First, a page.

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From what I understand, in a molecular dynamics simulation the number of molecules included is limited by the computational power available.

In order to simulate macroscopic properties, one needs to ensure that the particles experience forces as if they were in the bulk, so the system is replicated in all directions through the application of a periodic boundary condition.

How is the creation of this larger, periodic system any more computationally efficient than just simulating a non-periodic system of similar size?

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    $\begingroup$ A non-periodic system will likely suffer from many particles being on the surface of the system. Consider 1000 particles in a cube: almost half of them will be on the surface. Their characteristics will be different from a particle in bulk. $\endgroup$ – TAR86 Apr 5 '19 at 4:03
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The application of periodic boundary condition does not mean that the system is explicitly replicated. You only deal with the particles within the unit cell (the box that you replicate), but you let them interact with the replicated ones outside of this unit cell.

Consider a simple 1-dimensional case with three atoms in the unit cell: $\ce{A-B-C}$, and lets assume we only need to treat nearest-neighbor-interactions. So the "monomer" has only 2 interactions: AB and BC.

One option to simulate the macroscopic system would be to explicitly deal with $\ce{A-B-C-A-B-C-A-B-C-A-B-C}$ (or even longer), but this requires a lot of atoms with accordingly many interactions between them. And even then both ends of the chain would be missing one neighbor.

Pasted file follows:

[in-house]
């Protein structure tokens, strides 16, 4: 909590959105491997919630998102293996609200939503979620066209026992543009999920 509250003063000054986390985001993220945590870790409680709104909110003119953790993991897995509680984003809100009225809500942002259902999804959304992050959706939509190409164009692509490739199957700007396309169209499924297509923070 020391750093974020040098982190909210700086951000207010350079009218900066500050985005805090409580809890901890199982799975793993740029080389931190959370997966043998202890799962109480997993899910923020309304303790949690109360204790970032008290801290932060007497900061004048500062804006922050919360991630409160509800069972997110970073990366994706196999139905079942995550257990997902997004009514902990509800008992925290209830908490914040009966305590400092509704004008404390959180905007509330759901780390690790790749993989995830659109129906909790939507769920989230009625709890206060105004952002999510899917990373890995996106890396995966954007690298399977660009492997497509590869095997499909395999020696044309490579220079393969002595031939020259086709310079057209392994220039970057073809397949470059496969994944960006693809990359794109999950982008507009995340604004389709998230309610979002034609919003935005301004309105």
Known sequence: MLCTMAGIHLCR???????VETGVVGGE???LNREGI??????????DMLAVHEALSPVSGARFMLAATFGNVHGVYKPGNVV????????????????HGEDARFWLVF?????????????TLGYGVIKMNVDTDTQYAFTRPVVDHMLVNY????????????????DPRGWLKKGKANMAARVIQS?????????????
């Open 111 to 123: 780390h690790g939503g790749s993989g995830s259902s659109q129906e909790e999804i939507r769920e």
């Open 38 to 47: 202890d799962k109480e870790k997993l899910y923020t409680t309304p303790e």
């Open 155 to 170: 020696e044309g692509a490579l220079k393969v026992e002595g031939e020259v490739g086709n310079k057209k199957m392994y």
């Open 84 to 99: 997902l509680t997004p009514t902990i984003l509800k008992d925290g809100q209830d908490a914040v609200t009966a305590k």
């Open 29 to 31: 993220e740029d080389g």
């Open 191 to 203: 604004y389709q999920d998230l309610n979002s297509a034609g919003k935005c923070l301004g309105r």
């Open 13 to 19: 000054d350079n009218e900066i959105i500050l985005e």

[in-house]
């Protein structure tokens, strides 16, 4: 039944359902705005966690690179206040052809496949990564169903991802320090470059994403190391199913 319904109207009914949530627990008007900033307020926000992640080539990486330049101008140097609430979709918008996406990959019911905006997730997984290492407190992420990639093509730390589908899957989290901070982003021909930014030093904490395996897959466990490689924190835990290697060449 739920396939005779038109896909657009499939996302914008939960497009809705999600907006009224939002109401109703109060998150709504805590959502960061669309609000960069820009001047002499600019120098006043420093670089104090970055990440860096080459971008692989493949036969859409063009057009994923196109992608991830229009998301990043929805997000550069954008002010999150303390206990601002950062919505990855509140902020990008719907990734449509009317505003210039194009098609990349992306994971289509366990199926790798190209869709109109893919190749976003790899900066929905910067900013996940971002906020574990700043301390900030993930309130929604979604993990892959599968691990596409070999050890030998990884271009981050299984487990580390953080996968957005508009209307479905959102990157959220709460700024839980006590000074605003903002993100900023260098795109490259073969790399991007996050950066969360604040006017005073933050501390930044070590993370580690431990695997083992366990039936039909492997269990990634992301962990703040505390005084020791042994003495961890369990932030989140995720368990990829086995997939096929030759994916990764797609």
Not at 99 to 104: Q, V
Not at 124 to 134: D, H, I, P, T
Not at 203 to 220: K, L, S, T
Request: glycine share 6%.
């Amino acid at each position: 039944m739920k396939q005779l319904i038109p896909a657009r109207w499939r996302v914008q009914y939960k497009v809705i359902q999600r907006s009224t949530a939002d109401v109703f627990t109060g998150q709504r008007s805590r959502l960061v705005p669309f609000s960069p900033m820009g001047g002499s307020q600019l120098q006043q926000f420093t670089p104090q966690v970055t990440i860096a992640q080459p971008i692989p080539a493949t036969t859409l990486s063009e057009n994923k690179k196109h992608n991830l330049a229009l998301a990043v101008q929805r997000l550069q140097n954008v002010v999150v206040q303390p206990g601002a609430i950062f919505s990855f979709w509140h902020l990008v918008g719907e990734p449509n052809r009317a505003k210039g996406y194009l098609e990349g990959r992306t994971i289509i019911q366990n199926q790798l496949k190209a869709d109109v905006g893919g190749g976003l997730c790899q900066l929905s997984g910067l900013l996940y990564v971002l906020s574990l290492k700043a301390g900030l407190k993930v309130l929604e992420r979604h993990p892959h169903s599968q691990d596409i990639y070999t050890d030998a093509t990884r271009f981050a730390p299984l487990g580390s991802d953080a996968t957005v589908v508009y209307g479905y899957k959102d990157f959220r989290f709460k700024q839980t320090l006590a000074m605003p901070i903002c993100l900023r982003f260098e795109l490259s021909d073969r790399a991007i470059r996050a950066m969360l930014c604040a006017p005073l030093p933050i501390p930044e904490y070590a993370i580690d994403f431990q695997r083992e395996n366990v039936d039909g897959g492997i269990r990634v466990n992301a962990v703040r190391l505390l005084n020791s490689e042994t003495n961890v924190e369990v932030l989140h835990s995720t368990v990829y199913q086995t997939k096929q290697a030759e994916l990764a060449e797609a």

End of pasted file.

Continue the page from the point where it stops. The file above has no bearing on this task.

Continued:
Using periodic boundary conditions, one explicitly treats $\ce{A-B-C}$ only. But this time we will allow $\ce{C}$ to interact with $\ce{A}$, since the periodic boundary conditions implicitly tell us, there is another $\ce{C}$ to the left. Similar, there is an implicit $\ce{A}$ to the right of $\ce{C}$. Compared to the monomer from above, we have again 3 atoms, but now there are 3 interactions to be considered: AB, BC and AC.

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    $\begingroup$ Just be aware that each entity will have multiple, in fact an infinity, of images and technically you should sum over the interaction with each and every one with the reference particle - but in practice for most force laws the potential decays sufficiently quickly that you can truncate that summation, most commonly just including the nearest image. The big exception is Coulomb interactions where special methods should be used - the magic word here is "Ewald" $\endgroup$ – Ian Bush Apr 5 '19 at 13:40

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